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Why wasn't Washington better in 2014?

The Huskies had three players go in the first round of the 2015 NFL Draft. So why weren't they better in 2014?

Dennis Wierzbicki-USA TODAY Sports

The amount of  defensive players (3) from Washington drafted in the first round last night may have had those who don't follow the Huskies closely scratching their head as to how a team could have so much NFL talent and go 8-6.  Throw in a first-team All-American defensive end in Hau'oli Kikaha who should get drafted tonight and who may have been a first round pick had he not suffered multiple injuries early in his career and it appears really confusing.

Before I get started on Washington, to back up how confusing it is that Washington went 8-6 with three defensive first round draft picks, here are the past nine teams to do it along with their records and final national rankings.

2012 Alabama 13-1 #1

2007 USC 11-2 #2

2005 Ohio State 10-2 #4

2005 Florida State 8-5 #23 *Had four defensive players taken

2005 NCState 7-5 (3-5 in conference)

2003 Miami 11-2 #5 *Had four defensive players taken

1997 North Carolina 11-1 #4

1994 Florida State 10-1-1 #4

1992 Alabama 13-0 #1

The 2014 Huskies are clearly the exception here, but I would say 2005 NCState is a great comparison. Like the Huskies, the Wolfpack had a few great players on defense, but lacked the other intangibles like that the powerhouse Alabama, USC and Ohio State type teams on the list had. But what exactly were the Huskies lacking? Let's get started...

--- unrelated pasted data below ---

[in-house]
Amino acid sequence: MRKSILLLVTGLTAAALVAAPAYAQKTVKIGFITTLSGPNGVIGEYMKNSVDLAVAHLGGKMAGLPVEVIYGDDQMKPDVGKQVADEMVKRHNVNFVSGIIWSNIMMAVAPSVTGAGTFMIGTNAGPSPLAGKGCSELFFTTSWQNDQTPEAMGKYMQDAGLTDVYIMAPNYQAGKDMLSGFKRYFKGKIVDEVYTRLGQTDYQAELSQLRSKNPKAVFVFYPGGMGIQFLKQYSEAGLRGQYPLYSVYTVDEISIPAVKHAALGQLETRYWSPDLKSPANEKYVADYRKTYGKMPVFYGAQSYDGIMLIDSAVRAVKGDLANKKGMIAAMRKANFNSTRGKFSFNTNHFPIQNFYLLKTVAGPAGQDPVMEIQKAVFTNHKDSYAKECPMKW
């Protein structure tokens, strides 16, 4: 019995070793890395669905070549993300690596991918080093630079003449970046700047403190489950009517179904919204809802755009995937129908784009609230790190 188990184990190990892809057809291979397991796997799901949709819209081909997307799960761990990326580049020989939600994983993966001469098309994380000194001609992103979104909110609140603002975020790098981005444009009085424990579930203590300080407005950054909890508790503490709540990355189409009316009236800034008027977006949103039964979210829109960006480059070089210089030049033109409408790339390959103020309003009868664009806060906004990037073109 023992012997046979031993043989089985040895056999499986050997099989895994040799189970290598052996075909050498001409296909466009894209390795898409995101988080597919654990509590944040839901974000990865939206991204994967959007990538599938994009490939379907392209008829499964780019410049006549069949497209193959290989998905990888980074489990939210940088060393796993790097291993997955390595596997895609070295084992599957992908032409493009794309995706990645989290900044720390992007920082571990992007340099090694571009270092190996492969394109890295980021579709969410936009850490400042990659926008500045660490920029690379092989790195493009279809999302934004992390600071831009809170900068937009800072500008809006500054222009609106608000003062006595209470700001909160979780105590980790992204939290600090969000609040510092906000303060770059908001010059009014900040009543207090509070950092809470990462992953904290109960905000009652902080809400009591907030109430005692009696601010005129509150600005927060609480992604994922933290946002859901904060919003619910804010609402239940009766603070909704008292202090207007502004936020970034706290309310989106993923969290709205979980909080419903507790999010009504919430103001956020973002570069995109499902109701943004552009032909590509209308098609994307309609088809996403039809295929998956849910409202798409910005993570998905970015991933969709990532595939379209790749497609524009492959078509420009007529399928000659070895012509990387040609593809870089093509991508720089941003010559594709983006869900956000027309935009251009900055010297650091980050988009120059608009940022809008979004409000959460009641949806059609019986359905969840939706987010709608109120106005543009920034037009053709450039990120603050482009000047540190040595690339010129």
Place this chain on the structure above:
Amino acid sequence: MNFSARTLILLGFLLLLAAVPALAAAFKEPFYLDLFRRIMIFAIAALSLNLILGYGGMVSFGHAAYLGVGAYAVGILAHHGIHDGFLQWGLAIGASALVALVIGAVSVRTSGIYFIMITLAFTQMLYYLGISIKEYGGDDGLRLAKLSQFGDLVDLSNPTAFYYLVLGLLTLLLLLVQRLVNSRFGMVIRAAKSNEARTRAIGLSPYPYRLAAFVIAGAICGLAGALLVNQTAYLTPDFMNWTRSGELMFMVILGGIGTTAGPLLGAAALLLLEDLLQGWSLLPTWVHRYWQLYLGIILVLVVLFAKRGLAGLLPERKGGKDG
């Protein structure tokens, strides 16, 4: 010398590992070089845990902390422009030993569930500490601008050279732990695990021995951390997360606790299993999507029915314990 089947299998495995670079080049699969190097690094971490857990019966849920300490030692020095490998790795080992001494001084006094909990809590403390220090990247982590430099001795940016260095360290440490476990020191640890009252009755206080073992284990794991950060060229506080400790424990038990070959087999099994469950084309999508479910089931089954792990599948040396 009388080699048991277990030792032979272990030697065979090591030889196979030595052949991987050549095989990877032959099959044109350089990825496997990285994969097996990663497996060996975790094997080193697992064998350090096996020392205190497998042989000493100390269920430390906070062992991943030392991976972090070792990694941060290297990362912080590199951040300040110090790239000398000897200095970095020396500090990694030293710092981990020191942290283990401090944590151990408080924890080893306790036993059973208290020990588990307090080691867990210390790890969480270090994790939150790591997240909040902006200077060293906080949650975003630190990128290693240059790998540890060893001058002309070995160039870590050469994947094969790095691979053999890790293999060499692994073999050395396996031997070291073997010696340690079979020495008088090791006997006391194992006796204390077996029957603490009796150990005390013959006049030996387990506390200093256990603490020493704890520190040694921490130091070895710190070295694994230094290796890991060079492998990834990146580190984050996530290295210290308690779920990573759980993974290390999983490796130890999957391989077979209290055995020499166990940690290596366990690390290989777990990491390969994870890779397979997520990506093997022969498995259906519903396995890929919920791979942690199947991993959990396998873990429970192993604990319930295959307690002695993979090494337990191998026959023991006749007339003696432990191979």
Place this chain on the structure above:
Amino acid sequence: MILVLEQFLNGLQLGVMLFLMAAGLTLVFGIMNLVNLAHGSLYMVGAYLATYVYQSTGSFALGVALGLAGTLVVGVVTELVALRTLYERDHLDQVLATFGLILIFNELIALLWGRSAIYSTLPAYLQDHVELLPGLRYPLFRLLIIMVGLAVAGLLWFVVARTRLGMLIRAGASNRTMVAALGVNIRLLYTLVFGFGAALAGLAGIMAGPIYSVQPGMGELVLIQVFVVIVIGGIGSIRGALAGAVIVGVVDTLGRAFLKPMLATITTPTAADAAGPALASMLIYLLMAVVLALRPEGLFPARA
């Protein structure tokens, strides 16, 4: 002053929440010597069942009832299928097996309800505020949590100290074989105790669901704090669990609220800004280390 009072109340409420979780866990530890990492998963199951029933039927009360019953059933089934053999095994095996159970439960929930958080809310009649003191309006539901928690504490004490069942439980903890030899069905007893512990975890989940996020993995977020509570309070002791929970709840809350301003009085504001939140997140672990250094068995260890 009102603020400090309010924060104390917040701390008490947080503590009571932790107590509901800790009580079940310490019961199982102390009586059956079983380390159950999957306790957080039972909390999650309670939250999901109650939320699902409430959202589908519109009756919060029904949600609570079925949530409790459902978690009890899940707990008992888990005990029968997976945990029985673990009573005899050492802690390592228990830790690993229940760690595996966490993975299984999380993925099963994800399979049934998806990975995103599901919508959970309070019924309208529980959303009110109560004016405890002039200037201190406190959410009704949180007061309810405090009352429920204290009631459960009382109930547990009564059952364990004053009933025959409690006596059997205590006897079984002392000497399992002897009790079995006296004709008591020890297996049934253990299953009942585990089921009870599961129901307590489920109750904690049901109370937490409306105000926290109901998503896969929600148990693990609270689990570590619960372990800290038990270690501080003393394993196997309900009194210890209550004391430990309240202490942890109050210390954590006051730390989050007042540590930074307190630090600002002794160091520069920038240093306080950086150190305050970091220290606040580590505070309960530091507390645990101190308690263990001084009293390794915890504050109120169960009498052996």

Washington's offense was not good

The Huskies' offense wasn't terrible statistically, but the unit got a ton of help from a defense that was the nation's best at scoring touchdowns themselves and one of the best at creating turnovers and boosted those numbers against the weaker teams on their schedule. Take away defensive touchdowns and the Husky offense average just 17 points per-game against bowl eligible Pac-12 opponents.

There were injuries along the offensive line, a new quarterback, but the biggest problem for the Huskies on offense was probably a straight-up lack of talent. The Huskies did not have a single player earn first or second-team All-Pac-12 honors on offense.

Washington's defense lacked depth

The Huskies may have had superstars in spots, but the players around those superstars were not to the talent level of the top programs in the Pac-12 right now. Opposing offenses were able to work around Washington stars and when someone like Shaq Thompson had to move to offense, someone like Hau'oli Kikaha got hurt or someone like Marcus Peters got kicked off of the team, the players that had to step up were not the level of player that a program like Oregon, UCLA or Stanford might have slide in right now.

Washington was adopting new schemes and a very young secondary around Peters

I think this was most evident when the Huskies somehow gave up 52 points to Eastern Washington in their second game of the season. Even the experienced Husky defenders seemed to take a while to adjust to playing in new defensive coordinator Pete Kwiatkowski's scheme and the three freshmen starting in the secondary especially struggled.

Defense doesn't matter as much as it used to

It is simply much harder to win games in college football now based on defensive talent. Even programs like Alabama and Florida State who can stockpile NFL talent at every position on defense regularly have games where their defense simply can't stop up-tempo opponents from scoring.

I have a feeling that the Huskies would have had a much better record had their first round talent been on the offensive side of the ball.